In 1907, Grey attended a lecture in New York City. The lecture was given by Colonel Charles Jesse “Buffalo” Jones, western hunter, and guide. A hunting trip was arranged to the Grand Canyon. He fully documented his trip with photographs and note taking, including descriptions of the scenery and dialogue. These trips taught him so much about the American West and further amplified his love for the wilderness and the beauty of that part of the country. It had a significant impact on his work. He wrote, "Surely, of all the gifts that have come to me from contact with the West, this one of sheer love of wildness, beauty, color, grandeur, has been the greatest, the most significant for my work." 

He self-published his first novel Betty Zane (1903), which is based on the lives of his illustrious American Revolutionary ancestors, its sequel, Spirit of the Border (1906), came next. His Grand Canyon inspired novel The Last of the Plainsmen (1908), was based on his adventures with Buffalo Jones. (1908). The Last Trail (1909) and his best-seller The Heritage of the Desert (1910) were titles to follow. However, it was Riders of the Purple Sage (1912) that won Grey wide acclaim and became his best-known novel. Its sequel came in 1915, The Rainbow Trail.

The Greys moved to California in 1915.  Grey established the Zane Grey Productions film company. Eventually, his company was purchased by the entity that would one day be Paramount Pictures. Many of Grey's novels and stories were used for television and film. He did not write only western themed novels, he wrote two hunting books, six children's books, three baseball books, and eight fishing books.

 

In 1920, His family eventually made a big move to Altadena, California to a home that today is referenced as the Zane Grey Estate. Money no longer was an issue for his family. Luckily, the Great Depression did not have the same effect for him financially as it did for so many around the world. He continued to have income from royalties.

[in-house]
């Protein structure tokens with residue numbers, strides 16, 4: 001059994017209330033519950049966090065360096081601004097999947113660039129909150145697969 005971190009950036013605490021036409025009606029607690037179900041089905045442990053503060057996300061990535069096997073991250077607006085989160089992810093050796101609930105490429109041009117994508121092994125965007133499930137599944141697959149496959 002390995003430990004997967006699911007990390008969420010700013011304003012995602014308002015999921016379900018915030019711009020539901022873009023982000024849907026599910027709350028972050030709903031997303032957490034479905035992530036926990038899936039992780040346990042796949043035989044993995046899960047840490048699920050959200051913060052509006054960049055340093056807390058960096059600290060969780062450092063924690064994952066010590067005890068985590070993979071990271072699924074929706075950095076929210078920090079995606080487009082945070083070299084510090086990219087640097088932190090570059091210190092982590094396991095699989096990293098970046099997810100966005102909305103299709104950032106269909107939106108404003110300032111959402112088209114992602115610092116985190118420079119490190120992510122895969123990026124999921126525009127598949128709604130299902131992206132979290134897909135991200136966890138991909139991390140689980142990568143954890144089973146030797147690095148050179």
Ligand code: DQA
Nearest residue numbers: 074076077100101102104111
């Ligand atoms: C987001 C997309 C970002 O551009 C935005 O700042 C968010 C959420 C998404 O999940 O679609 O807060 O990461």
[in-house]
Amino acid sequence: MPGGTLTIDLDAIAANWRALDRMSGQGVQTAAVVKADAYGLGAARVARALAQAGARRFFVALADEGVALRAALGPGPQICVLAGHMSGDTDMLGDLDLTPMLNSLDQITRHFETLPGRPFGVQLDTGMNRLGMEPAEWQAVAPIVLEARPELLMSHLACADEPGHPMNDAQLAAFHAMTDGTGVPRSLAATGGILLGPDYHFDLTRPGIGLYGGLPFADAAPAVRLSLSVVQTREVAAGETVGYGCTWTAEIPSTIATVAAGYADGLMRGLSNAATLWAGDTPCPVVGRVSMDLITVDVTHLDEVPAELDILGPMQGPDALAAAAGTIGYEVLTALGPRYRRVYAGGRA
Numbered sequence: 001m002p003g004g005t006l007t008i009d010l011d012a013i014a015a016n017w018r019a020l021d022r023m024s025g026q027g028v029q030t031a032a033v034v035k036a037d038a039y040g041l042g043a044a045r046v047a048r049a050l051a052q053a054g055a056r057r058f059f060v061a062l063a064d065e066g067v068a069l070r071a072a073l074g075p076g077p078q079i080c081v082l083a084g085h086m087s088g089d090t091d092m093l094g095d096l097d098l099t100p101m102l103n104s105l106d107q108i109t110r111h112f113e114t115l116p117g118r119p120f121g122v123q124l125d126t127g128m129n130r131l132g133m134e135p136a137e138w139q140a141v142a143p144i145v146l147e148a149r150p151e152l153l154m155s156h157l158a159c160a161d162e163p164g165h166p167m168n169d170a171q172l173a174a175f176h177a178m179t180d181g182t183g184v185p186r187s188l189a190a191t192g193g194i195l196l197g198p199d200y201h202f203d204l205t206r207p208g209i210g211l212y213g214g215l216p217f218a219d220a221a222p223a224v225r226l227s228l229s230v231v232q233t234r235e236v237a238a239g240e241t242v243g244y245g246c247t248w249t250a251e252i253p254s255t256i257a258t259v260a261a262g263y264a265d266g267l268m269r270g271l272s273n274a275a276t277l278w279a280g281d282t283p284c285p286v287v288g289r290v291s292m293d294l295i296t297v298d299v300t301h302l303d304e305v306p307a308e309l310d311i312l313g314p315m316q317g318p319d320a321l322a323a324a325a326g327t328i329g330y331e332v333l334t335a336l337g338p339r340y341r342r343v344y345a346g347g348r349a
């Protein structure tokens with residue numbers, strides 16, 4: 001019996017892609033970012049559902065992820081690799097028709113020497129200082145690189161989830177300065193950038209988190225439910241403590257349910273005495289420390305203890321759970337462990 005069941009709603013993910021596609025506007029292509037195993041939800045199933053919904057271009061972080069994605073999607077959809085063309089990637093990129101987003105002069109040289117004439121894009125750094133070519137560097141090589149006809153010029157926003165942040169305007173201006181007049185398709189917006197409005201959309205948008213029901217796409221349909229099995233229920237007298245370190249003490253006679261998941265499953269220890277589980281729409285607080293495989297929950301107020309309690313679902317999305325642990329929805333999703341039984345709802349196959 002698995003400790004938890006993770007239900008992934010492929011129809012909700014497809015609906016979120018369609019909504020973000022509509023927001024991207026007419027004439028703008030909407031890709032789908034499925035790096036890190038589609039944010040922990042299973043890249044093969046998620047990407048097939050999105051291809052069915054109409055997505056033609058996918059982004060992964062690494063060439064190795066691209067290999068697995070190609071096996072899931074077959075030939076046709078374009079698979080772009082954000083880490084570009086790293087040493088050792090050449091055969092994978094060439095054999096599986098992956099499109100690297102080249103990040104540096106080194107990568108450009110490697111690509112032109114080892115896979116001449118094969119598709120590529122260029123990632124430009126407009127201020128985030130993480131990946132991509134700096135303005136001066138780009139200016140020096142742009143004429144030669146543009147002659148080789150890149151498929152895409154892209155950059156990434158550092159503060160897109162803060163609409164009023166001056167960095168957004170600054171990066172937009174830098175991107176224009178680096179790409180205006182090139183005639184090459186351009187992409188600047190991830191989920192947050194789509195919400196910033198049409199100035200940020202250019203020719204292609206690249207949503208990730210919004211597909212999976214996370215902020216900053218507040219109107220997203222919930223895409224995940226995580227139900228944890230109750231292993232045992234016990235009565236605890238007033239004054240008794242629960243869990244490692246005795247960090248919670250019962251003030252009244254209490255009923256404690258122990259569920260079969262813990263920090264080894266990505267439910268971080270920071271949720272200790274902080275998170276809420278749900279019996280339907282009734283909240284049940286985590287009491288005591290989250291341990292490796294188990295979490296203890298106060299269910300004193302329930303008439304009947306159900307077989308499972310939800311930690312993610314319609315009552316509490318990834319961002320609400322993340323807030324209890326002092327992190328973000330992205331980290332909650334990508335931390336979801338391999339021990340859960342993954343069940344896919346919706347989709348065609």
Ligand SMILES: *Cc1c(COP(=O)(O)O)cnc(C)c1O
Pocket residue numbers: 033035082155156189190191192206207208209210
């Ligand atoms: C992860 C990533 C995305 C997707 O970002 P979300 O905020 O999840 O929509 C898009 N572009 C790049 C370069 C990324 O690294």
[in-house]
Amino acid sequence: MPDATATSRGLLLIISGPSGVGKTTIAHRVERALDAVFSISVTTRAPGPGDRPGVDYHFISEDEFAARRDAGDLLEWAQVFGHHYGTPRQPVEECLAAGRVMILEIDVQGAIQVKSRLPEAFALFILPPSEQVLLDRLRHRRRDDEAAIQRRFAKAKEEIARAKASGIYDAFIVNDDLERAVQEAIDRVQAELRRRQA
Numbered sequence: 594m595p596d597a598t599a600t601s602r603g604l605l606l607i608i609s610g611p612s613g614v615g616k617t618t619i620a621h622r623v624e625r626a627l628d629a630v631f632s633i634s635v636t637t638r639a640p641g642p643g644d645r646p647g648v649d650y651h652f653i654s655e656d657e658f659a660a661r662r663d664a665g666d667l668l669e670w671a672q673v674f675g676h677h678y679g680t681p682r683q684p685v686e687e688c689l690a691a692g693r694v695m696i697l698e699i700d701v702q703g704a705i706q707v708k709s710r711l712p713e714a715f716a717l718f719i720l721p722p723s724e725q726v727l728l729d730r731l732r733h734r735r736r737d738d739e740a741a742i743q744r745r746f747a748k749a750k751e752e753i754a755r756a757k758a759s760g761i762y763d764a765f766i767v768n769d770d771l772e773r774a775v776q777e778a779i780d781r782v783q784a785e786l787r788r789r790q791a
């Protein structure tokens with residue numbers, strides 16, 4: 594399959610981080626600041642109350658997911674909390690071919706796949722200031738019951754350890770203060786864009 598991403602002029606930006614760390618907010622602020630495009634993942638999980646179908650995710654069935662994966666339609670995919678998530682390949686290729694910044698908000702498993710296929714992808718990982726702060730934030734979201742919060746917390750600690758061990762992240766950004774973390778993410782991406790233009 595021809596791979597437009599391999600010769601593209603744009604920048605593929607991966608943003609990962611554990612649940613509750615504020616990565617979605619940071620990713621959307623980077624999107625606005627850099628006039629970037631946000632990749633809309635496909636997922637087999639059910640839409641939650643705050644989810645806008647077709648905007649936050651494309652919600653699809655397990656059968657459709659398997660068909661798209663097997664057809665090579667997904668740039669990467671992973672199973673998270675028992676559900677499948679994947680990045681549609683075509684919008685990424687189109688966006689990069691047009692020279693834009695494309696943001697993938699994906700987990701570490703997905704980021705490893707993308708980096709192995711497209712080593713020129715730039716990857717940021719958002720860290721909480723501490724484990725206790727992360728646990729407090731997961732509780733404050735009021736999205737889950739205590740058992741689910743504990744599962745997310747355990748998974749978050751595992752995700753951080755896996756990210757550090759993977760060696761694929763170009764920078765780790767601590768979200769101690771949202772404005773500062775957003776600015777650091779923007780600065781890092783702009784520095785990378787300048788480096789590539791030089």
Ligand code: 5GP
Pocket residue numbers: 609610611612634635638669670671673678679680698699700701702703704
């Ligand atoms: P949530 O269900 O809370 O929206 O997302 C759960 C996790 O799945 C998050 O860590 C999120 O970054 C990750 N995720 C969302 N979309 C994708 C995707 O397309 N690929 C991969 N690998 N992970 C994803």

He purchased a fishing boat in 1924 and set off on many high seas fishing adventures, spending time in the waters surrounding Fiji, the Galapagos Islands, the Florida Keys, Catalina Island, Tahiti, Nova Scotia, Australia, and New Zealand. Fishing was another one of his passions and he was a regular contributor to Outdoor Life magazine, helping to popularize big game fishing

 

Zane Grey died on October 23, 1939, at home in Altadena, California, and now rests in the Union Cemetery of Lackawaxen, Pike County, Pennsylvania, Dolly beside him. After his death Harper and Row Publishing had a stockpile of his manuscripts, this allowed him to have one book published per year through 1963.

Zane Grey was one of the pioneers of shaping the Old West into commercial success, in fact, he was a best seller nine times, selling 100,000 copies per book. He wrote 90 books in total, book sales totaling 40 million dollars. He was President Dwight D. Eisenhower’s favorite author and, if you happen upon the right M.A.S.H. television show episode, you can catch Colonel Potter reading Zane Grey’s Riders of the Purple Sage, his most popular novel.

Critics claimed his writing was too fanciful and unrealistic, however, the intensity of his stories allowed him to connect to his audience, millions have read his creative works. The knack for incorporating the land into his story, painting a picture for the reader, and tying them to the bigness of his characters is what endeared him to so many, living vicariously through his work.

To add a signed Zane Grey first edition to your collection your can bid in our Autograph Book auction through September 8. The signed/inscribed Zane Grey first editions in this auction are Tales of Fishes (1919), The Call of the Canyon (1924)  and The Desert of Wheat (1919).

By Melissa Jay